• Kyodo


Japan’s proposal to avoid setting a uniform cap on farm import tariffs drew fire from major agricultural exporters at a weeklong session of talks at the World Trade Organization that opened Monday.

Exporting countries have proposed a uniform cap of 25 percent on all farm import tariffs and called for drastic reductions in domestic and export subsidies. But Japan proposed that the WTO adopt a “Uruguay Round” method, combining minimum market access and average tariff cuts instead of a uniform cap.

Japan’s proposal, unveiled Thursday, pushes for average tariff cuts and leaves room for setting higher tariffs on different items.

New Zealand and other members of the Australia-led Cairns Group, which represents 18 farm exporting countries, criticized the Japanese position, saying countries with high tariffs should try harder to lower them.

Japan also called for a cut in “minimum access” import quotas of rice to 5 percent of domestic consumption, down from the current 7.2 percent. It also wants to maintain the overall framework of current domestic subsidies.

The United States and the Cairns Group have asked Japan to present specific targets for lowering tariffs, but Tokyo instead wants to focus on formulas for cutting tariffs.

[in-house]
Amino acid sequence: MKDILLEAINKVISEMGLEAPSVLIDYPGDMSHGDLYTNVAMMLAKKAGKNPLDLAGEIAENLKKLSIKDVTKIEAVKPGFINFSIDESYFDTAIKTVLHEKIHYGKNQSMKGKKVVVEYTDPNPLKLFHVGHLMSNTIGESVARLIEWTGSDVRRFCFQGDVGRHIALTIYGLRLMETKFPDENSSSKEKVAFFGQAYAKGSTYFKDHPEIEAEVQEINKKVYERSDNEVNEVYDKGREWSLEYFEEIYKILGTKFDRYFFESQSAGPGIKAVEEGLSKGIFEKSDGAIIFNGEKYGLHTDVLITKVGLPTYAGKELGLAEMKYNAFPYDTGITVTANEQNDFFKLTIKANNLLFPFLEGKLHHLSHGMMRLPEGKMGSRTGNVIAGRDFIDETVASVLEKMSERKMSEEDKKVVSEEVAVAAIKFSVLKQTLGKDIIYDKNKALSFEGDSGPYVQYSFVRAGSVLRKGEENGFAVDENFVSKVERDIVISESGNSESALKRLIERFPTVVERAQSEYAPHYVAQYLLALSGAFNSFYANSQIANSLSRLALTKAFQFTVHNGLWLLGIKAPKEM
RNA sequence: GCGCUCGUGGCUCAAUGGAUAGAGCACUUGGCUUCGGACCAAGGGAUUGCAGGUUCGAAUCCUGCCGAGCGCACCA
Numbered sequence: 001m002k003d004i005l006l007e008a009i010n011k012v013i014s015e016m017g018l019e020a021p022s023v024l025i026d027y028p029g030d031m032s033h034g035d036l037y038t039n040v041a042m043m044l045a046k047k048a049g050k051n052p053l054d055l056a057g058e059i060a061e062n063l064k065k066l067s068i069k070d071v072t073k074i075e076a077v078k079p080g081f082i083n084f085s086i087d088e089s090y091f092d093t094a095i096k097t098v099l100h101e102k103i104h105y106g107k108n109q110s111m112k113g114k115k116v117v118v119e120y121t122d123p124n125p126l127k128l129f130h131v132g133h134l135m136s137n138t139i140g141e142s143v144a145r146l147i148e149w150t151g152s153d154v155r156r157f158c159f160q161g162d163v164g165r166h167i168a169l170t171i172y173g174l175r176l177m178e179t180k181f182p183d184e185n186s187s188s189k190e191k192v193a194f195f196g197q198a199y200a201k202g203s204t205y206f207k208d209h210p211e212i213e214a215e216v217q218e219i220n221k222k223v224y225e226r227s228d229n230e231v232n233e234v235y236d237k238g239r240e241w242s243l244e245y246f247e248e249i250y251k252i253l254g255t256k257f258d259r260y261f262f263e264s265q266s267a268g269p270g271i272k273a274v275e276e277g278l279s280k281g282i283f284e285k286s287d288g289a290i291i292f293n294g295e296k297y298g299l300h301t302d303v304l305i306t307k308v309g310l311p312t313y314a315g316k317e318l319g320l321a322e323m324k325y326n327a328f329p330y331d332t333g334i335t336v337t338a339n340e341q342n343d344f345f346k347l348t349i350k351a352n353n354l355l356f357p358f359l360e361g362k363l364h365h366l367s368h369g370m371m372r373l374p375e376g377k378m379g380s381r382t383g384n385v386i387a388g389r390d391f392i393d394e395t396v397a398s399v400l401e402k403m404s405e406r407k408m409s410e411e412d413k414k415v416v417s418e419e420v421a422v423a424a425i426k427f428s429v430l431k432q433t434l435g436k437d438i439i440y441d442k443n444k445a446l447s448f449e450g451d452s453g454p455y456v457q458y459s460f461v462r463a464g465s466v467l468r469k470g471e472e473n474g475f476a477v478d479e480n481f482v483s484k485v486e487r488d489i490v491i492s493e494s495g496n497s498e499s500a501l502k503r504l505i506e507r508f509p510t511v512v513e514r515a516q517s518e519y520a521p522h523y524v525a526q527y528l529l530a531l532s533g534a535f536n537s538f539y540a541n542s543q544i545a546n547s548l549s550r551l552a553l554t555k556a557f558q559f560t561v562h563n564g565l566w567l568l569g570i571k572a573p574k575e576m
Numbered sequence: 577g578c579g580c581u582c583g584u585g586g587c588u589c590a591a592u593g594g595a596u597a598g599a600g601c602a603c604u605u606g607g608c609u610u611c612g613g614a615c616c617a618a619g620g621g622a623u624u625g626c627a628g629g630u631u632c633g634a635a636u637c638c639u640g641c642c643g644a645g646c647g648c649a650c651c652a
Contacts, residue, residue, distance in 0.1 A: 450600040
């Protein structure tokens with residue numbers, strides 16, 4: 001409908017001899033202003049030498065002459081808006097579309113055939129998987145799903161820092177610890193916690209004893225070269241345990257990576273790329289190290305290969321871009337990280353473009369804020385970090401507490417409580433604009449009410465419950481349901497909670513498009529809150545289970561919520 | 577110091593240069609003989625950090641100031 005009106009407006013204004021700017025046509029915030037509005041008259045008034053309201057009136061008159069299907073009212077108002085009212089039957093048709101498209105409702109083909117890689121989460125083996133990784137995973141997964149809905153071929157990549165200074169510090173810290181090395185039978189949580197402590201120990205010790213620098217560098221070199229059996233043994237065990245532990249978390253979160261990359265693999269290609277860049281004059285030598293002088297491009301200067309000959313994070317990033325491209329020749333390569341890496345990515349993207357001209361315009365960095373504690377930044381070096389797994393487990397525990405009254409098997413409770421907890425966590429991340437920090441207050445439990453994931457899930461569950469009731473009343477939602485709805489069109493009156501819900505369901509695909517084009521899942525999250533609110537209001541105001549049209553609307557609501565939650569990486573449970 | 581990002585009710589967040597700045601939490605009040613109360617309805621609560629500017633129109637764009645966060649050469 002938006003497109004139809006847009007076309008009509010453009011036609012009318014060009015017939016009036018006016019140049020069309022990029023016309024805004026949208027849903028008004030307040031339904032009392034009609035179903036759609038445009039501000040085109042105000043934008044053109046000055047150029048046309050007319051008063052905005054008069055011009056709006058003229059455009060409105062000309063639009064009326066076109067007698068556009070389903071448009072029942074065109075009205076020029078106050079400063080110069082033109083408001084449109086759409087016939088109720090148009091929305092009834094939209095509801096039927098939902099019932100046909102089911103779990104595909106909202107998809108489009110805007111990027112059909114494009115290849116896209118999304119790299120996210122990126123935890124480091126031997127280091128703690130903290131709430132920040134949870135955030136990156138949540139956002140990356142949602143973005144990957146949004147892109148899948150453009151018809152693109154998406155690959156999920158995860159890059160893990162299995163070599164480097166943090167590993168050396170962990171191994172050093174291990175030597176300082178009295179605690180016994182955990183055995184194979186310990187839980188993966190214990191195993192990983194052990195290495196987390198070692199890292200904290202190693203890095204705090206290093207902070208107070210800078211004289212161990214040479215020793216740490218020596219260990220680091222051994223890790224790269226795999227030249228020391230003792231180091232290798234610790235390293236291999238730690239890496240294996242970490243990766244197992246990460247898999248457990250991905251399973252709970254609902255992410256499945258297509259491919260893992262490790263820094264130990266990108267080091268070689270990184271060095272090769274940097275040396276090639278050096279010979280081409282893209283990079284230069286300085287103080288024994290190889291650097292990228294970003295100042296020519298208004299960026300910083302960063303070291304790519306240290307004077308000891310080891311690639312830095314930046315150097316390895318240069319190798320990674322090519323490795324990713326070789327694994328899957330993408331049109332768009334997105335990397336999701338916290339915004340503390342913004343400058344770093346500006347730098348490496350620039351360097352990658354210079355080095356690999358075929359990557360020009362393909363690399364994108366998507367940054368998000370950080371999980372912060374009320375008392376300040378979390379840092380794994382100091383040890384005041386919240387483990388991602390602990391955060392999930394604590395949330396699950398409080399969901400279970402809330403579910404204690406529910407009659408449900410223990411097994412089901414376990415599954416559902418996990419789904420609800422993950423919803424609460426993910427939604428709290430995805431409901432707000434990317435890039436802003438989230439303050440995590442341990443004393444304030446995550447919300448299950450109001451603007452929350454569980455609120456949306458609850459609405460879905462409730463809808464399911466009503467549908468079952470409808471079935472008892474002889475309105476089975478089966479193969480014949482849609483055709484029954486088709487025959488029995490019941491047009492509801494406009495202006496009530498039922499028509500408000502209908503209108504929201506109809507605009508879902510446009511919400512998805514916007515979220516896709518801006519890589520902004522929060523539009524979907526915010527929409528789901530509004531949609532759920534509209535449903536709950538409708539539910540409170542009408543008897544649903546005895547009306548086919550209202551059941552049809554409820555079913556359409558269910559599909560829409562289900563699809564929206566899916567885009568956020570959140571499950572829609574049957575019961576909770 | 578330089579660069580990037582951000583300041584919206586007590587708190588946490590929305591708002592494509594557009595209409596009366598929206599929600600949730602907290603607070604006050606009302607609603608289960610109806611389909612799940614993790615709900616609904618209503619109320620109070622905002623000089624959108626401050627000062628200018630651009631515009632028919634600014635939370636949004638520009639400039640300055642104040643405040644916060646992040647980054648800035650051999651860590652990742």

Negotiators in the WTO-sponsored trade talks aim to produce numerical targets for their agricultural reform commitments by March 31.

No farm liberalization

The foreign, trade and farm ministers said Tuesday they will stand firm against agricultural market reform at ongoing global trade talks, in which farm product exporters are demanding more open markets.

“Our country will defend our positions, particularly over agriculture,” Foreign Minister Yoriko Kawaguchi told a news conference after reporting to the other ministers on the outcome of a recent informal World Trade Organization meeting she attended in Sydney.

“It is important that we pursue our interests strategically,” Kawaguchi said of an agreement earlier in the day with Takeo Hiranuma, minister of economy, trade and industry, and Tadamori Oshima, minister of agriculture, forestry and fisheries.

Kawaguchi attended a ministerial meeting of 25 WTO members in Sydney on Friday, when an agreement was struck to work toward meeting specific sector-by-sector deadlines before concluding the Doha round, launched last November in the Qatar capital, as scheduled by Jan. 1, 2005.

The three ministers also agreed to enhance coordination among their ministries as the WTO negotiations on farm trade are expected to intensify by March, Hiranuma said at a separate news conference.

Japan’s proposal on Nov. 14 to avoid setting a uniform cap on farm import tariffs drew fire from leading exporting nations at a weeklong session of WTO trade talks that opened Monday in Geneva.

Under the three-year trade round, the 144 WTO members aim to produce numerical targets for their agricultural reform commitments by next March 31.

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